Furthermore, this can be a massive benefit to smaller firms that are still making a name for themselves and trying to separate their practice from well-known colleagues. If your law firm is competing against very well marketed and established firms, then separating yourself from the competition gives you a foothold in the field. It’s something you can stake your reputation on. It’s a way to get your foot in the door.

A firm that markets itself as a Jack of All Trades will not do well convincing prospective clients that they are the best law firm to handle their case.

When you look at it from the client’s perspective, it makes complete sense. They only have one chance to litigate this case. They want the best firm to manage it.

A Brief Primer on Niching Down

We’ve established the ‘why’ of niching down. But what about the ‘how’?

Consider the fact that, much like medicine, the law is a highly specialized and esoteric industry. It’s not always apparent to a layperson who the best practitioner will be in their case. But how do specialists in the medical get patients? They get them through referrals.

Niching down means standing out not only to your clients but from your network of contacts and colleagues. For instance, a personal injury attorney who is adept at managing traffic accident cases may call in a specialist when the reason a traffic accident occurred was due to a defective tire. That attorney may have an expertise in litigating cases where defects in manufacturing techniques cause tires to blow out unsuspectingly or given certain conditions. In other words, their experts at litigating tire liability lawsuits.

It doesn’t matter if this individual handles other kinds of product liability or personal injury lawsuits. They are experts in the field of tire liability. For those who need to litigate a tire liability lawsuit, this guy is your man. People know that. They recommend him for such cases.

Figure out Your Niche

For some, figuring out their niche will be very easy. For others, it comes with great difficulty. Some fall into a niche through circumstance. None of this is necessarily good or bad. The best questions are:

  • Which cases do you enjoy working on?
  • What is the market like for those cases?
  • What does the competition look like?

Choosing a specialty does not necessarily mean refusing cases that don’t fall into that specialty. It means finding one particular way for you to stand out above your peers.

Commit to Your Niche

Greatness comes from commitment. There can be no greatness without it. Nonetheless, people don’t always commit to the right things, and that leads them down a path they may later abandon. That’s not the worst consequence in the world. A worse outcome is going through life without committing to anything.

Once you’ve set the parameters and found a focus for your law firm, it’s time to exude that expertise in everything you do.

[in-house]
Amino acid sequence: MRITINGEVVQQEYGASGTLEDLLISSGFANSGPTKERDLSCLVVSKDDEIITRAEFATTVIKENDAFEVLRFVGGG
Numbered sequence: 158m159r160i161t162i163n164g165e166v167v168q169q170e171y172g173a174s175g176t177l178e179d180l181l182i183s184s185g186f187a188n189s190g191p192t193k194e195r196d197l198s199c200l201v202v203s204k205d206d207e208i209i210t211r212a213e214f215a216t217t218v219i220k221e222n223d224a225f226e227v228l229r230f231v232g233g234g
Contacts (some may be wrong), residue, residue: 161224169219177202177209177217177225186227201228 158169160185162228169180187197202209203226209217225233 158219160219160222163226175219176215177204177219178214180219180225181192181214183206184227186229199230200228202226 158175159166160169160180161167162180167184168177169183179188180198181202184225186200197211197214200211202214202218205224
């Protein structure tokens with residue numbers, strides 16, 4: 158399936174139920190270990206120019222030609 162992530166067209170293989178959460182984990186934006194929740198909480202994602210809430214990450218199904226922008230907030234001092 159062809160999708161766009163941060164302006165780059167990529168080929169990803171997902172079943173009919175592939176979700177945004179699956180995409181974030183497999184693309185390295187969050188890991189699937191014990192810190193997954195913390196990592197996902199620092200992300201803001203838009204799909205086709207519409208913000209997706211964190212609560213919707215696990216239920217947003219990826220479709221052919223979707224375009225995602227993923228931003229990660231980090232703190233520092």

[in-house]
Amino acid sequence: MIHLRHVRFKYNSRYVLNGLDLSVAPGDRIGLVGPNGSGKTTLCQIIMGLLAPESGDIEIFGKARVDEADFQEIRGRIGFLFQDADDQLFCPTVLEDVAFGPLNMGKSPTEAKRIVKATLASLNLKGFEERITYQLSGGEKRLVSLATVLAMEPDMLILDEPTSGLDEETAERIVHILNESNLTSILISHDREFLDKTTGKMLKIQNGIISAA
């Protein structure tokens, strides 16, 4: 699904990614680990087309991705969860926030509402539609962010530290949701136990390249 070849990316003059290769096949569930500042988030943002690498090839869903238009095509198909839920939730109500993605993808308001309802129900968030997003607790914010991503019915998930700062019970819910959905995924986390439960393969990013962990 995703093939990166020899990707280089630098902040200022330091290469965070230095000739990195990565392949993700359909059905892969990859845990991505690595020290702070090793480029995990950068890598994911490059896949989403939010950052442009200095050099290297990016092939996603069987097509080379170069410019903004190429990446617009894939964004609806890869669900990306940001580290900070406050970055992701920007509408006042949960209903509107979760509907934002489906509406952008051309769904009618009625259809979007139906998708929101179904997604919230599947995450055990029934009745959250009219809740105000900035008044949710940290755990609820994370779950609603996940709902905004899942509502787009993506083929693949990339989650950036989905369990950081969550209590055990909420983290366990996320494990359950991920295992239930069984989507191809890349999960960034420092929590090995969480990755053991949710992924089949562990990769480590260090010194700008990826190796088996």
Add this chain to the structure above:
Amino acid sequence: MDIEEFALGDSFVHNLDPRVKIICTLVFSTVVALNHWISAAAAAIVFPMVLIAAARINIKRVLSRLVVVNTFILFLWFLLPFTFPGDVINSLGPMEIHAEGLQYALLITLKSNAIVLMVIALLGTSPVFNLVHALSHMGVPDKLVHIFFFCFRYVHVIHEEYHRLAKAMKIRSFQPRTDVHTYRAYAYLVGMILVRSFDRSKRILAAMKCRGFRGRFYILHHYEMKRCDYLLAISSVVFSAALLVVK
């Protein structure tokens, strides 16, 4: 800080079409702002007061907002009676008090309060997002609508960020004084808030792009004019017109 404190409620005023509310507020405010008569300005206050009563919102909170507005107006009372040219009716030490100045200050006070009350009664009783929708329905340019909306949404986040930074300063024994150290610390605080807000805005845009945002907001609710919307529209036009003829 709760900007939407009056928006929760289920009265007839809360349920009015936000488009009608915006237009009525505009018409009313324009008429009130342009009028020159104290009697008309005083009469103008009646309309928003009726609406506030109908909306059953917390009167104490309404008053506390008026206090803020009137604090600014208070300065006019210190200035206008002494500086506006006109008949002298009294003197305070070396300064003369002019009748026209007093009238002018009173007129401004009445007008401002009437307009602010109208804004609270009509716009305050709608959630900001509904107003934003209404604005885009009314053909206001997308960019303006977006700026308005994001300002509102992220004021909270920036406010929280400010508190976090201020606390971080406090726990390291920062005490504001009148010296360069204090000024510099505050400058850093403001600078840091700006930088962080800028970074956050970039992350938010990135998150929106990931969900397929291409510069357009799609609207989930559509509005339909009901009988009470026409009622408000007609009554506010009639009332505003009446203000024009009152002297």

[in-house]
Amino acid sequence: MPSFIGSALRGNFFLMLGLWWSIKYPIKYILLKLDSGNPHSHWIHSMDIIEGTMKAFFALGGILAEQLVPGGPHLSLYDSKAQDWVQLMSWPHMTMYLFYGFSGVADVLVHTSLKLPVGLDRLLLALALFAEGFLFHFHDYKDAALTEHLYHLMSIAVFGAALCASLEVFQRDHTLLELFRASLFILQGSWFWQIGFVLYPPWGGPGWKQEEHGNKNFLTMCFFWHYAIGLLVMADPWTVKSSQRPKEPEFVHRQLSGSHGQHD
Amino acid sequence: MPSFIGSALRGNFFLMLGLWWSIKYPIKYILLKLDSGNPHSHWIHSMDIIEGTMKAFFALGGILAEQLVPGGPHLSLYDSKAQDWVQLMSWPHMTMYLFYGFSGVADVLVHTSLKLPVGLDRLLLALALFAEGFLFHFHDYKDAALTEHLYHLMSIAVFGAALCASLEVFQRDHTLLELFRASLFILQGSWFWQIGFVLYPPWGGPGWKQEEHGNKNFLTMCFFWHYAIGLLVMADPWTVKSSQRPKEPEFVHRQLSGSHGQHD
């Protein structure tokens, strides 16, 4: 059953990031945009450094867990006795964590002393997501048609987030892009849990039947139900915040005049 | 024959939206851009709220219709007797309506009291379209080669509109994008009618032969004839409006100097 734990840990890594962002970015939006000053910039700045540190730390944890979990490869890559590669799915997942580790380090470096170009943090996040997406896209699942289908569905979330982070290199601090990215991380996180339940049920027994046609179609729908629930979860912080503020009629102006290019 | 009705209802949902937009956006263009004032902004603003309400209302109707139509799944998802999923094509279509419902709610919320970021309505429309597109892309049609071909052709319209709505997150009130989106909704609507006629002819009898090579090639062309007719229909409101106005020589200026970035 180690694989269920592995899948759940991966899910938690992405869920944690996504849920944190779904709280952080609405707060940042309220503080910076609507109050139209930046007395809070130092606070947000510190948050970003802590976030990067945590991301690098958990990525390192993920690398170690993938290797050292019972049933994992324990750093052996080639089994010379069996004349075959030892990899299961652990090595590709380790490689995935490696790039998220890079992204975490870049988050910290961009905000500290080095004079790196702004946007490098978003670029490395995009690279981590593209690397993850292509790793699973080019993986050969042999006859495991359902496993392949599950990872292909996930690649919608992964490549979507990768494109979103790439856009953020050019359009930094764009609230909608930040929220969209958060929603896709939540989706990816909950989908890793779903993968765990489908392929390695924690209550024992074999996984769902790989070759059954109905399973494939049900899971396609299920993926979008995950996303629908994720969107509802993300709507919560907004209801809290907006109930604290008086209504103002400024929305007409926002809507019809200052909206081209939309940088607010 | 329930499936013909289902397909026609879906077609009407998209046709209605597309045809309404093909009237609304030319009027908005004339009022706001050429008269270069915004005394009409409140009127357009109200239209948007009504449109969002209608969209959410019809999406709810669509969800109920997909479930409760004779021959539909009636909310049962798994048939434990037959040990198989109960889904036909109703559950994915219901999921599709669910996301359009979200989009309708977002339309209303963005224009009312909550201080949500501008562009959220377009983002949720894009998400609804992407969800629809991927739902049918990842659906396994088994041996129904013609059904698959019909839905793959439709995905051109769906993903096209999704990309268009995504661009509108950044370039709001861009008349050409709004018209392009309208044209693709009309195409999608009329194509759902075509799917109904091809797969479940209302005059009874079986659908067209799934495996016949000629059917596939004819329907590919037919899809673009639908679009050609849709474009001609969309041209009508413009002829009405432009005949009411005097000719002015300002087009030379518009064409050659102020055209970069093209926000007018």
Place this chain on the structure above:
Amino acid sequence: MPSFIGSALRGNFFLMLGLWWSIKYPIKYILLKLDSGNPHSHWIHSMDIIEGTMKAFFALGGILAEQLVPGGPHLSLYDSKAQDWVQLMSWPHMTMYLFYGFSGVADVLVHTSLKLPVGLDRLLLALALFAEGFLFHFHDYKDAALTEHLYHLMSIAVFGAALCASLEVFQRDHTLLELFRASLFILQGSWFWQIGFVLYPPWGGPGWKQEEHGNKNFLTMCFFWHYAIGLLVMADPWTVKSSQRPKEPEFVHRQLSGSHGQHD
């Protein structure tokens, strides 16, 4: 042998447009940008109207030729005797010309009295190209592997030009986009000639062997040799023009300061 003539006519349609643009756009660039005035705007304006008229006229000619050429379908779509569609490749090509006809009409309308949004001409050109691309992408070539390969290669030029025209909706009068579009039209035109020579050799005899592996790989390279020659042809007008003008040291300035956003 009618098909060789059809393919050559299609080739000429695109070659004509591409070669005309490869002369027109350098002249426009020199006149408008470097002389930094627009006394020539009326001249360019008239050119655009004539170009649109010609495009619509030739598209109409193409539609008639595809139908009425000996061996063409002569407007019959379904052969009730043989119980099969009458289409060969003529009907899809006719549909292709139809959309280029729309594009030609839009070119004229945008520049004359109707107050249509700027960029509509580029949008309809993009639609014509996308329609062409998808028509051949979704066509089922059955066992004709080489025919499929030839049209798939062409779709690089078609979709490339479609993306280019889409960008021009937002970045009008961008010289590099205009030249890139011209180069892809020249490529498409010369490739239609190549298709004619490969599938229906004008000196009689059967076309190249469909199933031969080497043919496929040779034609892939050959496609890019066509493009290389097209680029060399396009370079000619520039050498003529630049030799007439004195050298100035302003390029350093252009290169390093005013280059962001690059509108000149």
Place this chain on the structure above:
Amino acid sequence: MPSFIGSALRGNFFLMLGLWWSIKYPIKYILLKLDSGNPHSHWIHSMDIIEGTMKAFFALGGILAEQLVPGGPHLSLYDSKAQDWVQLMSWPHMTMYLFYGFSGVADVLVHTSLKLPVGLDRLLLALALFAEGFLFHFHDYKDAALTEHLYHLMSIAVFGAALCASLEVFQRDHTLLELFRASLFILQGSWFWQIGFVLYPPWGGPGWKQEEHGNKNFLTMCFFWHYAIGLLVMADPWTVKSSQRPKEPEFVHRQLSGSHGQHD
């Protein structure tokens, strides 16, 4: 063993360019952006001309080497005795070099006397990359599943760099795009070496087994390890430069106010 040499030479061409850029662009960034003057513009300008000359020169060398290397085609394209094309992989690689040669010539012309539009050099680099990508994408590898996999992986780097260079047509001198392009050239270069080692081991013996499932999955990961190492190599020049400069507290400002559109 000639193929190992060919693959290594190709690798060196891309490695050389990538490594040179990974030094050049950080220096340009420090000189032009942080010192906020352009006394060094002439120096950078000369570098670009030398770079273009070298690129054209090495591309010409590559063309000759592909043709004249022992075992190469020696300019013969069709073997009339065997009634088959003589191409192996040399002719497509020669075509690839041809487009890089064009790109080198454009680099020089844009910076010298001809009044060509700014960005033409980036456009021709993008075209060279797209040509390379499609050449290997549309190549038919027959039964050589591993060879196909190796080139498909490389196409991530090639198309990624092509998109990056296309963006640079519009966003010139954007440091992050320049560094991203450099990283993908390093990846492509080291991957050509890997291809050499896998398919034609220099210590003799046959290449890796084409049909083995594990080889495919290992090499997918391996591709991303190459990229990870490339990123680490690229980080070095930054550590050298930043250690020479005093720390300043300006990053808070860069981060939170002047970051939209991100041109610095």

In other words, when you’re setting up your website, you want to make your niche the primary focus. You want to establish yourself as a leader in your field, theorize about essential cases, talk about the legal implications of important decisions.

It doesn’t matter that you’re taking cases that are outside of your niche. That’s okay. It’s the fact that you are establishing yourself as an authority in something and committing to that thing, that’s important.

It will take a while to build your brand as a legal professional. Patience is vital to the process.

Final Thoughts

Niching down is an effective way to build your brand. People are naturally drawn to experts. Even when your niche falls to the periphery of their case, they will appreciate the fact that you are an expert at something and a leader in your field of practice.

To make this work, however, you must understand how to correctly position yourself in an already existing market. Niching down into a saturated niche is not an effective strategy for a new firm.

Now, more than ever, law firms are being forced to think like businesses.

Effectively Targeting Practice Niches

It’s common to specialize in more than one field of law. Problem is, having multiple specialties can have an SEO knock-on effect.

Just like mixed messages in a romantic relationship, not having a clear, focused goal will lower your search engine rankings because Google doesn’t know what to rank you for. It figures you’re nonspecific and wooly and ditches you in favor of highly specialized websites.

Certainly, you can have a webpage dedicated to each specialty. But that comes with content performance risks.

You can’t expect to fit everything onto one website and not either:

  • Cover topics cursorily and not deliver enough quality and depth
  • List every microscopic detail and end up with a monster of a website that lags and is unnavigable

This doesn’t mean having your finger in more than one law-flavored pot is bad – just the opposite. But managing multiple specialties requires a little extra digital thinking.

You have two options – a microsite or a subdomain/subdirectory. 

In a nutshell, having a separate, auxiliary supplement to your main website can be a very effective method of connecting with niche clients. 

By nature, microsites and subdomains are specialized, so you can target your customers with content that’s strictly relevant to them. This means:

  • Customers won’t need to sift through unrelated material
  • You’re positioned as an expert, giving you Google brownie points because it recognizes the content as niche, focused and quality
  • You’re more likely to rank well for specific long-tail keywords
  • You could use the content to target locational demographics, career demographics and whatever else you need with Google Webmasters